Even as the night bore on and there were no new effects to be had, certain moments still drew expressions of joy. Occasionally, the chairs and the wrestling in the ring would be synced absolutely perfectly (as opposed to almost perfectly) and we’d find ourselves twirling with a flying headscissor takedown. It was neat when it was perfect. At the same time, the constant small shakes with every punch could get tedious. When you knew what to expect, it wasn’t quite as fun. They could have saved some tricks, effects, or movements until the end and built throughout the show. Maybe not shaking everything at once would help sustain the novelty.
The wrestling show itself, Lucha Underground, is a show I walked away from at the end of its second season. After calling it the future of wrestling and the next great advance of artistic quality in its first season, it proved to be a disappointment in its second. This was the first episode of season three I watched.
I was struck by how much I missed The Temple as the show began. Going to Lucha Underground tapings in Los Angeles was always an undeniably great time. I have also missed the cinematic style of the show. The lighting feels different. The vignettes feel different. It’s a different take on what wrestling can be and I still appreciate the creativity that has gone into it. What I loved about Lucha Underground when I first watched is still true today.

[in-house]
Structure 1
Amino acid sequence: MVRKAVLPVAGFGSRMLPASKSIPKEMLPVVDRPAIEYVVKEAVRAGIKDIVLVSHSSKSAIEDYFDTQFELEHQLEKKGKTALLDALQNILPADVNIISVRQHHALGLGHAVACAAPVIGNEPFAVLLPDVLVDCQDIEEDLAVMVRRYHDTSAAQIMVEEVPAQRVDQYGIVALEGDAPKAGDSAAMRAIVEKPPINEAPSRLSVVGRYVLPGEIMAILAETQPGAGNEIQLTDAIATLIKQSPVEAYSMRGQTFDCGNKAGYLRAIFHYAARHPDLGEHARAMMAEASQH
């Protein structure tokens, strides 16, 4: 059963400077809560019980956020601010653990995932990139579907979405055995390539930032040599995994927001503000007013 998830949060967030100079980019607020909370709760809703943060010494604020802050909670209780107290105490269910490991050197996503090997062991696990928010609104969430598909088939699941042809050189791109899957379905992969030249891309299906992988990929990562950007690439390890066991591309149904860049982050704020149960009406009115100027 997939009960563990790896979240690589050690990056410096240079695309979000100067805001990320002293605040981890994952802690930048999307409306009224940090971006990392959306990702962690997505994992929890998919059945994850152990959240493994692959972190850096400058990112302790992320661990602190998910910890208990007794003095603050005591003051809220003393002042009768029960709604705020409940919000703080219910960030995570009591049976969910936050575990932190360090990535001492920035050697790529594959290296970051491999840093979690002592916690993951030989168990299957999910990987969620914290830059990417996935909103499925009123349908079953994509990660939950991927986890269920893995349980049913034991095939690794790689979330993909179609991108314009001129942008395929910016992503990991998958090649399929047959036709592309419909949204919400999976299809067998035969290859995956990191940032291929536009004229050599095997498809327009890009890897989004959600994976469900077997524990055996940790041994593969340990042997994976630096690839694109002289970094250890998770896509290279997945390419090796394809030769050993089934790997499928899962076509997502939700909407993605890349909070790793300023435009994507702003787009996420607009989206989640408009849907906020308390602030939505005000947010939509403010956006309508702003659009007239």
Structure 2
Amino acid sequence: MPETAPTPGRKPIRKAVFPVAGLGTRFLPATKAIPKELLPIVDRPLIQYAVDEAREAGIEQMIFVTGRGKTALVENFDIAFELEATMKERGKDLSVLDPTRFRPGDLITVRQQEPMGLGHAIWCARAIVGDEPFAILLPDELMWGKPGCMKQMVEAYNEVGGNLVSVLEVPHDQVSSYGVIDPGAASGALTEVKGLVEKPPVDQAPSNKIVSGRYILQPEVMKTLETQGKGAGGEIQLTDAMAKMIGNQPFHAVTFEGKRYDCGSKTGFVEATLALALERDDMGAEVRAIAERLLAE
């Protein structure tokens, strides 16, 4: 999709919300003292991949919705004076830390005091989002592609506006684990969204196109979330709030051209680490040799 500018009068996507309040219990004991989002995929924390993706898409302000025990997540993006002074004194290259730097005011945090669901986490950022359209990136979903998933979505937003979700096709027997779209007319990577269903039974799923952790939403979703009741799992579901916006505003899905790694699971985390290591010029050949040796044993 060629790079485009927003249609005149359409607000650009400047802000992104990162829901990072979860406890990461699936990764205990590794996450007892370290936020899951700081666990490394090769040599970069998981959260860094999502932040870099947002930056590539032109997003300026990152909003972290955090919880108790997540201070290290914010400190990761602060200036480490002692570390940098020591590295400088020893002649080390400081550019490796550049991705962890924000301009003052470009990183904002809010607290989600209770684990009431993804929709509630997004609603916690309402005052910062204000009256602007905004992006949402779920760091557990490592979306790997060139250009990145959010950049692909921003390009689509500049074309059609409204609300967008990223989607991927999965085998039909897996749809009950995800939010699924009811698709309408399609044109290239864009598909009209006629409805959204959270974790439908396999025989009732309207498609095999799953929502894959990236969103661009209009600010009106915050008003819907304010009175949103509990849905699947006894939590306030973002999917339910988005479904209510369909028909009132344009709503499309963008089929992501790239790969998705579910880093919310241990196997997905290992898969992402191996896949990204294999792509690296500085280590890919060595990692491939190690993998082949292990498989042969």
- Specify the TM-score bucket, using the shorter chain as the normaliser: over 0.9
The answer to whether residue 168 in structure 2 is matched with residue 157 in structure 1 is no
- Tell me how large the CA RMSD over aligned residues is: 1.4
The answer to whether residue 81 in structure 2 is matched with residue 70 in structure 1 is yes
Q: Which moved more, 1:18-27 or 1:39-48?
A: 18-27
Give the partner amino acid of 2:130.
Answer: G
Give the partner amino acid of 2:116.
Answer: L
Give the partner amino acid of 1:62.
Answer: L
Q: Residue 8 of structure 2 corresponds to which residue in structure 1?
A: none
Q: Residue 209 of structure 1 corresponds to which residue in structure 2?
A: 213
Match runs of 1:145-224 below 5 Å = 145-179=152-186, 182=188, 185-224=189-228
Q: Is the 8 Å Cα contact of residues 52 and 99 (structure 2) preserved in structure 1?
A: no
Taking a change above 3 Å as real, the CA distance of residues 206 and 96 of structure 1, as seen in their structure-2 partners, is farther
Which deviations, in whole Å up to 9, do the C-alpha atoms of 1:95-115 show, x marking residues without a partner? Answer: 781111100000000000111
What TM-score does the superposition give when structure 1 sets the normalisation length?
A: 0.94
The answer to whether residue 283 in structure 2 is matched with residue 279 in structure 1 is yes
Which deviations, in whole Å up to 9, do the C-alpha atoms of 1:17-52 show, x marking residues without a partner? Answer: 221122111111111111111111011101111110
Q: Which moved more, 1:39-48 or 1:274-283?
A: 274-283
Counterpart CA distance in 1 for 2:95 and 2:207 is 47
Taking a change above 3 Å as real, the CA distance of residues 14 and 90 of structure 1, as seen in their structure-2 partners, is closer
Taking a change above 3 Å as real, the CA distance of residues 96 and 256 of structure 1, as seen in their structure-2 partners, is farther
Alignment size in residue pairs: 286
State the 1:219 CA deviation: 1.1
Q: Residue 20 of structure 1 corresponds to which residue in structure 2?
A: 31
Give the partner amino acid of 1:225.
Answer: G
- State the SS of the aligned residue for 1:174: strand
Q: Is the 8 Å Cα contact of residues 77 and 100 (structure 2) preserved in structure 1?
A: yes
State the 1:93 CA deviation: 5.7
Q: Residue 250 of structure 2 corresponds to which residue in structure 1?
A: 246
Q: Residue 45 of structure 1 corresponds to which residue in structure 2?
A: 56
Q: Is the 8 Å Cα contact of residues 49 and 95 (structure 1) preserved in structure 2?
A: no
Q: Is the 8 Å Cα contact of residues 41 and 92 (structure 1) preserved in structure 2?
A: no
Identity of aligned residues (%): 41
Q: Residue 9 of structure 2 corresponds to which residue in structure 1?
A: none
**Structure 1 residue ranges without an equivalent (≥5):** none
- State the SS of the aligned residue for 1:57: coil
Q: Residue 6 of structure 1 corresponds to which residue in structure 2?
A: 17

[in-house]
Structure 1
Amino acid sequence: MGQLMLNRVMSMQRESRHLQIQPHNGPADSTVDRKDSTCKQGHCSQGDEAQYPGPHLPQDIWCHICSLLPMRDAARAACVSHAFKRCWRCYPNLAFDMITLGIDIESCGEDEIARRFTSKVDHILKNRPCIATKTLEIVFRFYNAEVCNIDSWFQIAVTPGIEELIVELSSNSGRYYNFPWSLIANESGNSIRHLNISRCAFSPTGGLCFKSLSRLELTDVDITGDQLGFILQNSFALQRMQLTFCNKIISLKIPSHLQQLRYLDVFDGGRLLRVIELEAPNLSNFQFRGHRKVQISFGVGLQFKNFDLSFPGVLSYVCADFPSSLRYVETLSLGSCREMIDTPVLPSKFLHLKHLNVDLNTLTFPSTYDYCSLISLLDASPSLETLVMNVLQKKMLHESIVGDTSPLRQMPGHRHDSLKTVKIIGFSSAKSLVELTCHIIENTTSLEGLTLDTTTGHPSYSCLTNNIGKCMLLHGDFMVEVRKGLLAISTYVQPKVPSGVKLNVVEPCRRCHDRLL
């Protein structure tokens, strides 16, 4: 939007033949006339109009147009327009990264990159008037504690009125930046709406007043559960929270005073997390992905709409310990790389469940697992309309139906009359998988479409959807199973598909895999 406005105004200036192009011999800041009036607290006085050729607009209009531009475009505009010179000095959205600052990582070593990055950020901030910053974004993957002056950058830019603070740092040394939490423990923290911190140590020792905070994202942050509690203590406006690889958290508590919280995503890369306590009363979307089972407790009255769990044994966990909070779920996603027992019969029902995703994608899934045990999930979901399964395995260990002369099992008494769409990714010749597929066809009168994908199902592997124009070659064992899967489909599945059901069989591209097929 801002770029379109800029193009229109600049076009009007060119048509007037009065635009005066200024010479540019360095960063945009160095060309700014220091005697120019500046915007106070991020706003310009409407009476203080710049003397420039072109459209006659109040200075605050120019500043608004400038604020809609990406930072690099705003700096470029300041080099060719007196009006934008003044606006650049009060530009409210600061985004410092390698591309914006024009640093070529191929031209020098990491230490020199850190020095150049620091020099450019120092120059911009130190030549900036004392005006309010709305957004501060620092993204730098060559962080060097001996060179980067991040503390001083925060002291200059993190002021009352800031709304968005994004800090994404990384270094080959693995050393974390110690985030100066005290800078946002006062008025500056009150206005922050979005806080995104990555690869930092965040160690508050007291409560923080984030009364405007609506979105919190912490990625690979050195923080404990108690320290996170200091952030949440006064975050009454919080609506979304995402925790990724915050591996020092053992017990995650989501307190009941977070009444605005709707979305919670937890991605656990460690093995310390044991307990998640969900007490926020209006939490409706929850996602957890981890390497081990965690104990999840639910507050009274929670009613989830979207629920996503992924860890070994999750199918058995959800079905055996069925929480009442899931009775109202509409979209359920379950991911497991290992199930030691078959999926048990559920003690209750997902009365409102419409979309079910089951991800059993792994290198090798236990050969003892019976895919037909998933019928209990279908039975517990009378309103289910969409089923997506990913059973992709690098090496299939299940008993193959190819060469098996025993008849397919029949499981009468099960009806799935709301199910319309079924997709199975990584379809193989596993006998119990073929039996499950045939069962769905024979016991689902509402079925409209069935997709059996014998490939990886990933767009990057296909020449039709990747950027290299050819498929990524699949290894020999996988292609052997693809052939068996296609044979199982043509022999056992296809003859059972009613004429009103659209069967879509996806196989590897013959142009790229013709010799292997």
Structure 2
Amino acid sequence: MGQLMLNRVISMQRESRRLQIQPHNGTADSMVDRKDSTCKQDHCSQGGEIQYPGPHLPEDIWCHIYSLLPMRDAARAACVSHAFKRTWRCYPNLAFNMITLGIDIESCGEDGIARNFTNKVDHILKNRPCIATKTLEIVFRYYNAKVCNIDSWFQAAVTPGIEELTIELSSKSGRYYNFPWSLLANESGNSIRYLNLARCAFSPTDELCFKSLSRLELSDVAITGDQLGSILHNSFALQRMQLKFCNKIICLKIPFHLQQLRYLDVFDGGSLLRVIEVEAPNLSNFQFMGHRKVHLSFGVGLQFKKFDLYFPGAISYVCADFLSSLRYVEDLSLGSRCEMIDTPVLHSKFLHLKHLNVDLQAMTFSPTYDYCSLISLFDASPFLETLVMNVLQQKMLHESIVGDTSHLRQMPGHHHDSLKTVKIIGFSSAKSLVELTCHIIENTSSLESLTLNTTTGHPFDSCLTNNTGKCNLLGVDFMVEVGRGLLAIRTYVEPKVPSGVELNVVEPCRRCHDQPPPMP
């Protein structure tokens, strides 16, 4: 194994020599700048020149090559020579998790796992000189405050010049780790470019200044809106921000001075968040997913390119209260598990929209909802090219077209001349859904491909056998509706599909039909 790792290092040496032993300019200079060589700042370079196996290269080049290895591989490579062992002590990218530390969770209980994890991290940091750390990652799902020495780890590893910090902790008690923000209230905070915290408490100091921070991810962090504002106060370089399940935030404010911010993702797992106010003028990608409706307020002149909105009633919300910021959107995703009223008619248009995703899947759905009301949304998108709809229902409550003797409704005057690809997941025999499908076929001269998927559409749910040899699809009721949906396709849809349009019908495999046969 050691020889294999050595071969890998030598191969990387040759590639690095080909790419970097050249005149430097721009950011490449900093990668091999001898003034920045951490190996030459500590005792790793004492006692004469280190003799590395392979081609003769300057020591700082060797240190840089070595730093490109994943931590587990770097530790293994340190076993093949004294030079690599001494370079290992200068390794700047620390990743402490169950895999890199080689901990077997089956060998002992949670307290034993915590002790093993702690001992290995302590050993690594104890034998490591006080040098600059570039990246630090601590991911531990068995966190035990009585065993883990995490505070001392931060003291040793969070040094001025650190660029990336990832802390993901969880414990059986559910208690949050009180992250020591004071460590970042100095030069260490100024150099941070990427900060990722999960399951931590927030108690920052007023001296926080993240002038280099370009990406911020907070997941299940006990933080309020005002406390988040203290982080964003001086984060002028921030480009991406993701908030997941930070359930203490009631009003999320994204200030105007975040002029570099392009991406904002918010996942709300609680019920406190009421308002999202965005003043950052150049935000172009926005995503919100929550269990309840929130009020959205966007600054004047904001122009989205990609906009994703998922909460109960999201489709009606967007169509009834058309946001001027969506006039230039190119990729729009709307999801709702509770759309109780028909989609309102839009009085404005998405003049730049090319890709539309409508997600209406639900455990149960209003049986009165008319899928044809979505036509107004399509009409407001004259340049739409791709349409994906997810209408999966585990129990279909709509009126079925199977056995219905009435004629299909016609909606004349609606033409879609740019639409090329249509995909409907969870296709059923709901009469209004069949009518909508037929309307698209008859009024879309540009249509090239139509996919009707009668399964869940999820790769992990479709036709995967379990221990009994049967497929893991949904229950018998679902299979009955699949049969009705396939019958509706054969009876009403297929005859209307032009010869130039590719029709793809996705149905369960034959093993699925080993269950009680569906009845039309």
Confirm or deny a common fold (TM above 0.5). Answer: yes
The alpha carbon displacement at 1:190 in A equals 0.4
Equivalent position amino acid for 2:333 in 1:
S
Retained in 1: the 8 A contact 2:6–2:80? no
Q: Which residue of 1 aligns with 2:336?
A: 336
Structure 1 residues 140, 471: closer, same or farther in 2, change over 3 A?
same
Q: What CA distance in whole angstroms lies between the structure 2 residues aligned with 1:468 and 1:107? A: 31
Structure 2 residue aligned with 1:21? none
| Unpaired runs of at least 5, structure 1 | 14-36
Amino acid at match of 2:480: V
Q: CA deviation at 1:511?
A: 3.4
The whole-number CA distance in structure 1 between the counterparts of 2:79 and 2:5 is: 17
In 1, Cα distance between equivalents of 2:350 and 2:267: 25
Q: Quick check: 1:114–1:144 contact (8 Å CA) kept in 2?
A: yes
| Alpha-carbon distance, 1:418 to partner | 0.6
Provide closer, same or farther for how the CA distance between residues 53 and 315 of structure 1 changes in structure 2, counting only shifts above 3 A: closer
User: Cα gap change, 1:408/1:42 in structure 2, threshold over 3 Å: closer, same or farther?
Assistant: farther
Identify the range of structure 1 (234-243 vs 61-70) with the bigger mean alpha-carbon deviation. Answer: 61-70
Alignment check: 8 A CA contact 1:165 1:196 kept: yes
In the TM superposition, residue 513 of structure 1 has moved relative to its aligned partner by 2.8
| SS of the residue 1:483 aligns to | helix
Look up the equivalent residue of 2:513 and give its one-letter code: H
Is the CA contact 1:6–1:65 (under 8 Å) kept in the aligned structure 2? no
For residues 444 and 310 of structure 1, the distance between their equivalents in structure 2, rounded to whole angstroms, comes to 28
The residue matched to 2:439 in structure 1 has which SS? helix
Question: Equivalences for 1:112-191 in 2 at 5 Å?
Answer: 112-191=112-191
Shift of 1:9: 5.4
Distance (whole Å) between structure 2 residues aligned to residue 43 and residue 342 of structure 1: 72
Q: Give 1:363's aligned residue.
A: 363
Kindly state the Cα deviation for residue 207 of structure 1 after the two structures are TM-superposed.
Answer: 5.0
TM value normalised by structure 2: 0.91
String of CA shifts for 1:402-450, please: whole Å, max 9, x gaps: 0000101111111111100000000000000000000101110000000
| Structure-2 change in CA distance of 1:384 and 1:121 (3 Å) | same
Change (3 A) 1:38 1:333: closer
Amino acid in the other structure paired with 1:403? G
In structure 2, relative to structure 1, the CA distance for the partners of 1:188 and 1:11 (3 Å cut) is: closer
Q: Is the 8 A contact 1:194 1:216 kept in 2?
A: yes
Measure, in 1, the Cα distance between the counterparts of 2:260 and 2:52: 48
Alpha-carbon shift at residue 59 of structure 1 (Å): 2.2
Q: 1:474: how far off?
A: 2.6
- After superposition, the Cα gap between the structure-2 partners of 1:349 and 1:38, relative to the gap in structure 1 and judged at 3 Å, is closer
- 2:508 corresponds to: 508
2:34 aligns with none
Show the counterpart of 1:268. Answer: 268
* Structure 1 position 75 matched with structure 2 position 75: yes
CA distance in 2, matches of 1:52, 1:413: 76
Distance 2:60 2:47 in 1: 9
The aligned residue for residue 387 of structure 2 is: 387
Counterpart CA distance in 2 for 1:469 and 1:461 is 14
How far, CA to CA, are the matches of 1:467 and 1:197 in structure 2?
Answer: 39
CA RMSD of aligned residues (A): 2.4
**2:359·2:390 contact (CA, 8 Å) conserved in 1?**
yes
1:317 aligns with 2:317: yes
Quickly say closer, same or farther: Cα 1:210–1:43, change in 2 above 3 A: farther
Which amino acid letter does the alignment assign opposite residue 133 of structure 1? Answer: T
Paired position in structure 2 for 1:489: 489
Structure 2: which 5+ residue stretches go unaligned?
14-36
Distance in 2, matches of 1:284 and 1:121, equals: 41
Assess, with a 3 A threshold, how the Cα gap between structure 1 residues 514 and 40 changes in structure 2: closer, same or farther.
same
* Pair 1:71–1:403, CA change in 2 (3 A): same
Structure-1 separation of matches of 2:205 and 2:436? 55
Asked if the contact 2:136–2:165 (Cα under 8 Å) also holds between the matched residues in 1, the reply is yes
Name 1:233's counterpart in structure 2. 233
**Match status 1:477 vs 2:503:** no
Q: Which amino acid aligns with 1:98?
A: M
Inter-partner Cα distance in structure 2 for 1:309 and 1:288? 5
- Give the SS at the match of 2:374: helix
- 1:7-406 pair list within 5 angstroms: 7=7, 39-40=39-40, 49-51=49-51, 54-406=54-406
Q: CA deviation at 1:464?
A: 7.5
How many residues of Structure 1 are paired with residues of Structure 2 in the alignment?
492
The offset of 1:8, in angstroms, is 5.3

At the same time, the problems that caused me to walk away from Lucha Underground were still apparent. The show seemed to ratchet up violence to an absurd degree, especially things like large men slamming much smaller women, and the use of glass, barbed wire, and various other weapons. Season one didn’t go to this dark place aside from the Vampiro vs. Pentagon match at the first Ultima Lucha. Matt Striker is still insufferable (at one point, most of the theater was yelling “shut up” at the screen as he spoke). Every match on this show had some form of interference. The first two matches had rule changes and restarts provided by maniacal promoter Dario Cueto. Dario was an interesting character at one point, but seemed to settle into being a less stable version of the insane authority figure many feared he’d be.